Case Study: Fully Integrated Algerian Exploration Wells Project

Joint venture

Schlumberger Integrated Project Management (IPM) designed, engineered, and executed the initial work program for two exploration wells under a fully integrated contract in Algeria. IPM was selected by a joint venture group—that had never operated in Algeria—to leverage Schlumberger's extensive local experience and fast track the group's entry into the country.

The contract was awarded in 2003 and, in addition to the 2 exploration wells, the work scope included 20 km of access roads, an airstrip, and a water well.

The contract model improved cost and risk factors for key components of the program. The joint venture group could work with Schlumberger IPM as a single lead contractor while maintaining ultimate control over the operation. Schlumberger was able to use its extensive company and segment infrastructure and experience in country to design, engineer, and execute the program.

This was a major cost and time saving to the joint venture because it would not need a large technical and management team or a logistics support base. Using Schlumberger IPM, the client was able to defer significant mobilization and expenditure decisions until the results of the first exploration program were known.

Planning and engineering

Schlumberger IPM used its expertise to meet two key challenges in the program: The first was to overcome problems related to the hardness of the rock that would be encountered while drilling the reservoir section, and the second was to design and implement a reservoir evaluation solution that enabled the optimum identification of hydrocarbon-bearing zones.

The engineering planning took place in parallel with the procurement of tangibles and focused on achieving zero failures using the Integrated Project Management System.

Peer reviews and offset well analysis ensured optimum well design, and workshops with multidisciplinary field and operations staff from all Schlumberger technology segments identified the best-in-class techniques that would be needed to succeed.

Technical challenges

A geomechanics and rock strength analysis (RSA) performed before drilling identified an extremely hard formation. With the RSA, the Schlumberger team developed a drilling strategy that minimized slow drilling times while ensuring borehole stability and trajectory.

One of the main challenges during the drilling phase was the use of water-base mud. A potassium chloride–polymer system—combined with proven engineering procedures—provided good hole-stability characteristics.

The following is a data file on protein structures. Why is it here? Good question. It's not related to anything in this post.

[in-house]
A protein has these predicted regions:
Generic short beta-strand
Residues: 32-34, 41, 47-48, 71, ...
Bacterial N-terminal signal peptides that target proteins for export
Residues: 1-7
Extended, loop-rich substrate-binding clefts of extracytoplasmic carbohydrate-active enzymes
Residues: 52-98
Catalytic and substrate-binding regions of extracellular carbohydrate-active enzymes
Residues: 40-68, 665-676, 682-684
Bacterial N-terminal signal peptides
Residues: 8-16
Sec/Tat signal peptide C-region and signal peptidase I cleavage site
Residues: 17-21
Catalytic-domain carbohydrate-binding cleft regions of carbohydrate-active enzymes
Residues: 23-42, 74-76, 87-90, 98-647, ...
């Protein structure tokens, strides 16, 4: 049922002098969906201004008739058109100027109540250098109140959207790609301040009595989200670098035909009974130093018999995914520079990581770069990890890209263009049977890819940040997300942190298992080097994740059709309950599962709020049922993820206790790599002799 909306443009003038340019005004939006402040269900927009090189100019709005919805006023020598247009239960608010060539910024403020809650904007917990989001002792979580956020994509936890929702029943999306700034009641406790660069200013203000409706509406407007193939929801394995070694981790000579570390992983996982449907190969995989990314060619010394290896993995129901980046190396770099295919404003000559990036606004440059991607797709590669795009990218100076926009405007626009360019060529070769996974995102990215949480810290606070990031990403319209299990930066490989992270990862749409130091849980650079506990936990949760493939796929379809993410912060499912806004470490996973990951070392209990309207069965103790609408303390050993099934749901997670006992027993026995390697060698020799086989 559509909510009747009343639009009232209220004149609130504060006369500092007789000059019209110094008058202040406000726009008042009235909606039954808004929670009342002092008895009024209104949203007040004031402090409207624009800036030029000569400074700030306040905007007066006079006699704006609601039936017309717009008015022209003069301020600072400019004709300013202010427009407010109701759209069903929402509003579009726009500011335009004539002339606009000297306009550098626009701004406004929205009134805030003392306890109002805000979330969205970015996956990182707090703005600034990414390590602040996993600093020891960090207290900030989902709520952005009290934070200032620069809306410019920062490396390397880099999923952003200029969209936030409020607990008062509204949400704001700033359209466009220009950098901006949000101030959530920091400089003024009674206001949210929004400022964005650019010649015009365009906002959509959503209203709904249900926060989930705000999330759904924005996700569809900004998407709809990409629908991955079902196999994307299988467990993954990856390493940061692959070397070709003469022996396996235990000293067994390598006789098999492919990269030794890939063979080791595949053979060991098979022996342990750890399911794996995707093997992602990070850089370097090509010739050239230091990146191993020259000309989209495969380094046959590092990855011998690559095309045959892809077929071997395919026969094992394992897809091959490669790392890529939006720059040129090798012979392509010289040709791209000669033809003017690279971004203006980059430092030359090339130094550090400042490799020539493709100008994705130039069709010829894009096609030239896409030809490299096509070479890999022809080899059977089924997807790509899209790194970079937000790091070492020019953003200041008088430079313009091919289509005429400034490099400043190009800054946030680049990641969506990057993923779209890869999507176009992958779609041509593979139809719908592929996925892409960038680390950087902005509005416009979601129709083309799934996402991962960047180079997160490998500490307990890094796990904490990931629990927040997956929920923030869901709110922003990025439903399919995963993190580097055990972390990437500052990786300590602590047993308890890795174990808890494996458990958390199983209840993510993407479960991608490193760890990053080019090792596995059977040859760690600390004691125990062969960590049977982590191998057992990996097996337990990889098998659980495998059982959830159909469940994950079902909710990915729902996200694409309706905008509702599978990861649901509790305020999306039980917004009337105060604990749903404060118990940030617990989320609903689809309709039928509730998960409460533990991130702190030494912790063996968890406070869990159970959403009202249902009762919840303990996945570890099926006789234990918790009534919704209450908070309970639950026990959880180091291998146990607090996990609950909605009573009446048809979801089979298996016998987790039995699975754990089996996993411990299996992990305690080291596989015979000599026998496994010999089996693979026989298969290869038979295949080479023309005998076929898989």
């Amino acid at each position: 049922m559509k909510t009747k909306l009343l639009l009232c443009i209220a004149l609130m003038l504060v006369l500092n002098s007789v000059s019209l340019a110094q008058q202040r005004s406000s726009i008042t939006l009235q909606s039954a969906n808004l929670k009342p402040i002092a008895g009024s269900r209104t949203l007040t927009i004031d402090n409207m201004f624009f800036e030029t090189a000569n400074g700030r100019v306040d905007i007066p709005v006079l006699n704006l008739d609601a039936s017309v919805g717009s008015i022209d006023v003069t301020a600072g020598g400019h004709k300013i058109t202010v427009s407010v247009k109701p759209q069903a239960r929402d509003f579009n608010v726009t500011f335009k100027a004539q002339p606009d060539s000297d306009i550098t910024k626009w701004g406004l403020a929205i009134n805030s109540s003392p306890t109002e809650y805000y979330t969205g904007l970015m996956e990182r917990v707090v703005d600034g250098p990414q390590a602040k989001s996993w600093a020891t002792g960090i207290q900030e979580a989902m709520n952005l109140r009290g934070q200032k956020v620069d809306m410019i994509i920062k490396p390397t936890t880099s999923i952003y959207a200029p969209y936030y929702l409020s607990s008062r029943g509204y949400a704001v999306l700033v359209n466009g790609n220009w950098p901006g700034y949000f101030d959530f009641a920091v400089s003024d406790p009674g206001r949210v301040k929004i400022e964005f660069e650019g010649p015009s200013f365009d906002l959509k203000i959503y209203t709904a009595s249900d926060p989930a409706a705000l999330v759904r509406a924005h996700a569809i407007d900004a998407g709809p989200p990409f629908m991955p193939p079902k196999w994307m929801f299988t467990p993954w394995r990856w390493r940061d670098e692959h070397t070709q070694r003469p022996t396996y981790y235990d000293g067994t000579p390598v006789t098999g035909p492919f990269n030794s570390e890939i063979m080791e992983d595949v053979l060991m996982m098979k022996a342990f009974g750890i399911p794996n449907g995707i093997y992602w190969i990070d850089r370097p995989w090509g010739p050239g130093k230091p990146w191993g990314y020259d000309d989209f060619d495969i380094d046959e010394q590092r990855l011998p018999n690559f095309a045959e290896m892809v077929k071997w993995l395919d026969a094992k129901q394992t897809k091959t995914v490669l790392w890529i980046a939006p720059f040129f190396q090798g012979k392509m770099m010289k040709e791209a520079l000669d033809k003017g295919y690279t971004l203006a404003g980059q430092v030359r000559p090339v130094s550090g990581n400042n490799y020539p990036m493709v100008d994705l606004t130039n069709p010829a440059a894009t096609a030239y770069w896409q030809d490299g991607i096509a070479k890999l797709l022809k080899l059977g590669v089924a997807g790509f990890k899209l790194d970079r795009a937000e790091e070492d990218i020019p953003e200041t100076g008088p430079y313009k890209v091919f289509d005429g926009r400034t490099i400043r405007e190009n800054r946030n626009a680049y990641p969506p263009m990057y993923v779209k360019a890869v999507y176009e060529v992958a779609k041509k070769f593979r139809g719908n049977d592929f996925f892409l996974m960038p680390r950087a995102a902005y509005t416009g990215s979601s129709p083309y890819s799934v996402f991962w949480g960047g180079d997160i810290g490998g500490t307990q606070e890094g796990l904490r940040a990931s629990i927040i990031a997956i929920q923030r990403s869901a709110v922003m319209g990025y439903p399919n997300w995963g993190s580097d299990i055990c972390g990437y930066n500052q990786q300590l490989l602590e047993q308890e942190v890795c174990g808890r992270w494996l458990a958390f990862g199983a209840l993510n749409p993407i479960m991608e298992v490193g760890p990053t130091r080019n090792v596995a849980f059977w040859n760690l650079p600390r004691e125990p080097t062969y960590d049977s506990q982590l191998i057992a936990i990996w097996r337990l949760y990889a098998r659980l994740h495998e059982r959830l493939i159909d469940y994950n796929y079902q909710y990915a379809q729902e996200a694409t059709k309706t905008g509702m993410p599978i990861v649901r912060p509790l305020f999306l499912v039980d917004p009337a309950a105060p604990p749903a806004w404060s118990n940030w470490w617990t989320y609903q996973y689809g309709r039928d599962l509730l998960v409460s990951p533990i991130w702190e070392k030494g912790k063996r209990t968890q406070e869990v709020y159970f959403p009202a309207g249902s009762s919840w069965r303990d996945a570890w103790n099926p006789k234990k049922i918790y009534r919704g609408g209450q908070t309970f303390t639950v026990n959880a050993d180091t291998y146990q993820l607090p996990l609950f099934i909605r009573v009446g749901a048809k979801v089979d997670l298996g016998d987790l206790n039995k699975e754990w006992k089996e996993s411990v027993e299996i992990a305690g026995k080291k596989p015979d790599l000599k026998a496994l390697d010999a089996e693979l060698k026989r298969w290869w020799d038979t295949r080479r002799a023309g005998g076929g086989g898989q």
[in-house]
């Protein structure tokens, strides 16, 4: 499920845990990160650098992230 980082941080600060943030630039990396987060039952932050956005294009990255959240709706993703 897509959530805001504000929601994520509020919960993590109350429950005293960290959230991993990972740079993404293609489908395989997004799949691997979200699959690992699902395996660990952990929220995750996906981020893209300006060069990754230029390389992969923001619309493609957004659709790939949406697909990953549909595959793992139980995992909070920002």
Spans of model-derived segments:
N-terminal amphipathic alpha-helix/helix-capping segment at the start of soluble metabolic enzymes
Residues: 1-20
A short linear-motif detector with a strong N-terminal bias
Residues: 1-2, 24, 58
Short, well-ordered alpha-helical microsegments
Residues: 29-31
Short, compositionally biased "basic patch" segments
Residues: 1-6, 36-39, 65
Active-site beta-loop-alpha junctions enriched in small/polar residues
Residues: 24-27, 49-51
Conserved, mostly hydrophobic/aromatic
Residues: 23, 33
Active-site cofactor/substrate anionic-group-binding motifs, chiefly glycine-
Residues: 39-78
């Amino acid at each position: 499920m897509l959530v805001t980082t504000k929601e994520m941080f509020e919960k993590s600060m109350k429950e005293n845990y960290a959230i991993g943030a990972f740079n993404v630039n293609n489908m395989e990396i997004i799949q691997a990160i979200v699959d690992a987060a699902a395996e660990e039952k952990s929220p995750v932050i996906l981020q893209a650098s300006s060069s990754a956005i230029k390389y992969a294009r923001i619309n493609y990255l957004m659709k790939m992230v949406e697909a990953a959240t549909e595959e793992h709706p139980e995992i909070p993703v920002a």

The planned drilling curve was aggressive, compared to those of offset wells, but the Schlumberger team thought it was possible with new techniques. The first well was completed 4 days ahead of schedule. The second well was completed in the planned time, even with additional drilling and logging requested by the client in response to evaluation results.

The 1,500-hp Schlumberger Rig 48, used for the drilling, worked without a lost time incident during the full campaign, and rig downtime accounted for a nonproductive time (NPT) of less than 2%. The total NPT for the project was approximately 7%.

Technology solutions

The IPM team assisted the client in selecting fit-for-purpose solutions to meet the key exploration objectives.

The LiteCRETE lightweight cement slurry system permitted the 9 5/8-in casing string to be cemented in a single operation.

The wells were drilled in an area where changes in water salinity made conventional log interpretation difficult. The initial data acquisition program was adapted to include more advanced logging technology to better evaluate the formation.

FMI fullbore formation microimager data showed an Ordovician oil zone with extremely low permeability to be naturally fractured. As a result, the client requested an alternative liner configuration, which was quickly designed and successfully implemented. This solution avoided cementing the natural fractures in one reservoir zone but still allowed isolating other reservoir zones that were higher up in the wellbore. Results from well tests proved the success of this approach.

Value creation

The MRF magnetic resonance fluid characterization method, using data from the CMR combinable magnetic resonance tool’s log, identified hydrocarbon-bearing zones (Devonian) that would have been previously interpreted as water bearing using conventional logging technology. The recognition of these new potential target zones has increased the commercial viability of the asset.

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Key highlights

  • Two exploration wells
  • Formation evaluation
  • Testing
  • Procurement and logistics
  • Civil works
    • 20 km of road construction
    • Airstrip construction
    • Water well

Client benefits

  • No requirement to mobilize client drilling team
  • No requirement to set up logistics infrastructure
  • Reduced risk of cost and schedule overruns
  • Single point of responsibility
  • Full client control on formation evaluation and testing

Fit-For-Purpose Solutions Meet Key Exploration Objectives

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